FFA back Sport Australia’s Position Statement on Physical Literacy

Football Federation Australia have thrown their support behind Sport Australia’s national Position Statement on Physical Literacy and its importance to the health and wellbeing of Australians.

Sport Australia’s Position Statement is a commitment to help all Australians, especially children, bring out their best through physical activity.

And FFA is among a host of leading sporting organisations and education bodies to endorse the cause.

“Football Federation Australia (FFA) congratulates Sport Australia on the release of the Australian Physical Literacy Framework and fully supports its work in helping Australians develop their physical literacy at every stage of life,” FFA Chief Executive David Gallop said.

“As the largest club-based participation sport in Australia and a game that can be played by everyone, from the under 5s to the over 75s, football is uniquely placed to deliver physical, psychological, social and cognitive health and wellbeing benefits for all Australians.

“FFA is working closely with Sport Australia and football stakeholders in redeveloping its Whole of Football Schools Framework, linked to the Sporting Schools program, to align with physical literacy outcomes.

“A strategic objective for Football in Schools will be to get more kids active and developing social skills through quality football program experiences.”

Statistics show eight in 10 Australian children are not active enough, with something needed to be done to help children develop the skills, knowledge and behaviours needed for healthy lives.

“Physical literacy is far bigger than just teaching our children how to play sport, it’s about putting them on the path to healthier, happier and more active lives,” Sport Australia CEO Kate Palmer said.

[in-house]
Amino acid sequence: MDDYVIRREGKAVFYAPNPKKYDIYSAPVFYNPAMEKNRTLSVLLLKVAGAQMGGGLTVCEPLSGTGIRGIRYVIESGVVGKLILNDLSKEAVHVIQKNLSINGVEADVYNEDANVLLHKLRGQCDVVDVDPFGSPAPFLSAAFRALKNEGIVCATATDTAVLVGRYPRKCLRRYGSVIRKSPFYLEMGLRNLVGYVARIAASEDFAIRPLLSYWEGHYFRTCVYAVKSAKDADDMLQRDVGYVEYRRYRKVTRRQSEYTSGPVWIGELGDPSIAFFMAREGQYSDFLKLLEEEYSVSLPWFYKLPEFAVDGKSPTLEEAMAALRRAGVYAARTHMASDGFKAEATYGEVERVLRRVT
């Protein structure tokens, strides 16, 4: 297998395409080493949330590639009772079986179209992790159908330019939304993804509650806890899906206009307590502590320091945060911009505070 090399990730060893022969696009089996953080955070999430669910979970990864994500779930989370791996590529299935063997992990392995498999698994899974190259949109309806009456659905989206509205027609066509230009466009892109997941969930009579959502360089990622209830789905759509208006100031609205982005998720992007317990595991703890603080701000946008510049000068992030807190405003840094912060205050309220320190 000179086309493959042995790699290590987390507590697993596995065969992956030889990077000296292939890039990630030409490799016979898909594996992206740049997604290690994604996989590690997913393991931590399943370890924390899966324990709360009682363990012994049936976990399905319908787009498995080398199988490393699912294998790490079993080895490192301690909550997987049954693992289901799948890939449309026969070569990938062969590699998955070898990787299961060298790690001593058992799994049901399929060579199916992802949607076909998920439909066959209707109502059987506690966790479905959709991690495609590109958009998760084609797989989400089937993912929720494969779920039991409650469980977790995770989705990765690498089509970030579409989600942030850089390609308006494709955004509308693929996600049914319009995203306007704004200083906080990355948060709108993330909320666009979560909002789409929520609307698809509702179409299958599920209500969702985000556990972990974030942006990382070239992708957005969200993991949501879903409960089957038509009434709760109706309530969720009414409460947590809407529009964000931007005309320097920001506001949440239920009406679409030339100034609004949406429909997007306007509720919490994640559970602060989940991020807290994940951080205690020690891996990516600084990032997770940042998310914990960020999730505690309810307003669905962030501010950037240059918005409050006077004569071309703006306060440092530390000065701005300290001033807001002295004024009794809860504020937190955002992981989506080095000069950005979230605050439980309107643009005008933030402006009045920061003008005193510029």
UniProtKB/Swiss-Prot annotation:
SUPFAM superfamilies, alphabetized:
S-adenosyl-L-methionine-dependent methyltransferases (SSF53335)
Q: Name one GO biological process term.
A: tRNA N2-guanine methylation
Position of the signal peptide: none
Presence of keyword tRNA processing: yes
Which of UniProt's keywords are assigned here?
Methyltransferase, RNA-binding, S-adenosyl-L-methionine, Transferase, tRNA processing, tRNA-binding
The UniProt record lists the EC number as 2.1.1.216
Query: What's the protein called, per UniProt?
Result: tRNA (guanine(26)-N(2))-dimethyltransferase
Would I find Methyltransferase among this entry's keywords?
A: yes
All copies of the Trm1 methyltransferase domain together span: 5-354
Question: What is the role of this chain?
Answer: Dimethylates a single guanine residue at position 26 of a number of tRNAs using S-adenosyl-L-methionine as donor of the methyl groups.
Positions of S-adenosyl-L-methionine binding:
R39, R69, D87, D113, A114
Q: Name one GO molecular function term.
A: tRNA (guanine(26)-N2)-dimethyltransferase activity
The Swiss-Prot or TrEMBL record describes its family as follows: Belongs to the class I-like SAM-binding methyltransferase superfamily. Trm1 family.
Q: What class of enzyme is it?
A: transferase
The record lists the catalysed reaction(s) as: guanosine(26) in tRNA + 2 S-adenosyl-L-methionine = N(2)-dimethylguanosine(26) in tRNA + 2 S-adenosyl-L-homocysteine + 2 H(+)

“You don’t give a young child a book and expect them to understand it confidently without first teaching them how to read, so why can’t we place a greater emphasis on teaching every child to be active, which is a fundamental skill that will benefit them every day, for the rest of their lives?

“The Australian Government has set a goal in the national sport plan to decrease physical inactivity by 15% by 2030.

“So improving physical literacy in children is vital. The quality of life for this generation and for future generations depends on it.”

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Sport Australia’s full Position Statement on Physical Literacy

“Sport Australia is committed to improving the lives of all Australians through sport and physical activity. We want more Australians moving more often because we know the enormous benefits to our health and wellbeing – physically, socially, psychologically and cognitively.

“Success depends on generational change, with an emphasis on young Australians. Today’s environment and increasingly sedentary lifestyles mean many children are missing out on learning fundamental movement skills, like how to run, throw, kick, catch or jump.

“This is a vital first step in developing the physical literacy required to get Australians moving more. Physical literacy is about developing knowledge and behaviours that give children the motivation and confidence to enjoy active lifestyles.

“Establishing active habits in children sets them on the path to happier and healthier lives, paving the way for a more productive Australia. Educators, coaches and families all play a crucial role in promoting and developing physical literacy in children.

“This can be achieved through quality physical education, school and community sport programs and embracing daily play and physical activity. Movement skills, like numeracy, reading and writing, can be learned. Research shows that children who engage in regular physical activity and improve their physical literacy, reap the numerous health benefits and also learn better academically.

“Sport Australia wants all young Australians to benefit from these opportunities. We are committed to leading and collaborating with the sport, education and health sectors to ensure physical literacy is a core component of every child’s development and education. Through this commitment we will strive to create a healthier generation of more active Australians.”


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